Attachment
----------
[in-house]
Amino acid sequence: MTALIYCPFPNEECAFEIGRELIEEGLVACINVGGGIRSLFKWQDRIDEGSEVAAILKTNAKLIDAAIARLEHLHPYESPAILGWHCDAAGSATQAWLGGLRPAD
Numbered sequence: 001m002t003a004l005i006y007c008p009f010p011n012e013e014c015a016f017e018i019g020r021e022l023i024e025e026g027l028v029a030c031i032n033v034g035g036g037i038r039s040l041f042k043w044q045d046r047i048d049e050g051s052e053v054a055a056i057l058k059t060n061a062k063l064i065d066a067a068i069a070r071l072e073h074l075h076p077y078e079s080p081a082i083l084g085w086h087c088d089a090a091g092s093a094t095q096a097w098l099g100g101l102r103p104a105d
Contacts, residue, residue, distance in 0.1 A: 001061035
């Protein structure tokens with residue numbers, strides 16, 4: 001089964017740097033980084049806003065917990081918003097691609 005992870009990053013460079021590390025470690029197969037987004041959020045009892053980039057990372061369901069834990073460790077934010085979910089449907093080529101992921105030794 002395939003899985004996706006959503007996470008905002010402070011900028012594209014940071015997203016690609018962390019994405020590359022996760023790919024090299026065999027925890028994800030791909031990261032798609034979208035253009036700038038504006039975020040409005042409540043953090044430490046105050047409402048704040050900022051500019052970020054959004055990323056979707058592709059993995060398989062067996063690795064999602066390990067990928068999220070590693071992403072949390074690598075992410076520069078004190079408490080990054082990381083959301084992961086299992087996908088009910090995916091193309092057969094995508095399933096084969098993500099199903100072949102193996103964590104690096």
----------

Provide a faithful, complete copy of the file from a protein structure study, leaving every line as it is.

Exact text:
[in-house]
Amino acid sequence: MTALIYCPFPNEECAFEIGRELIEEGLVACINVGGGIRSLFKWQDRIDEGSEVAAILKTNAKLIDAAIARLEHLHPYESPAILGWHCDAAGSATQAWLGGLRPAD
Numbered sequence: 001m002t003a004l005i006y007c008p009f010p011n012e013e014c015a016f017e018i019g020r021e022l023i024e025e026g027l028v029a030c031i032n033v034g035g036g037i038r039s040l041f042k043w044q045d046r047i048d049e050g051s052e053v054a055a056i057l058k059t060n061a062k063l064i065d066a067a068i069a070r071l072e073h074l075h076p077y078e079s080p081a082i083l084g085w086h087c088d089a090a091g092s093a094t095q096a097w098l099g100g101l102r103p104a105d
Contacts, residue, residue, distance in 0.1 A: 001061035
């Protein structure tokens with residue numbers, strides 16, 4: 001089964017740097033980084049806003065917990081918003097691609 005992870009990053013460079021590390025470690029197969037987004041959020045009892053980039057990372061369901069834990073460790077934010085979910089449907093080529101992921105030794 002395939003899985004996706006959503007996470008905002010402070011900028012594209014940071015997203016690609018962390019994405020590359022996760023790919024090299026065999027925890028994800030791909031990261032798609034979208035253009036700038038504006039975020040409005042409540043953090044430490046105050047409402048704040050900022051500019052970020054959004055990323056979707058592709059993995060398989062067996063690795064999602066390990067990928068999220070590693071992403072949390074690598075992410076520069078004190079408490080990054082990381083959301084992961086299992087996908088009910090995916091193309092057969094995508095399933096084969098993500099199903100072949102193996103964590104690096």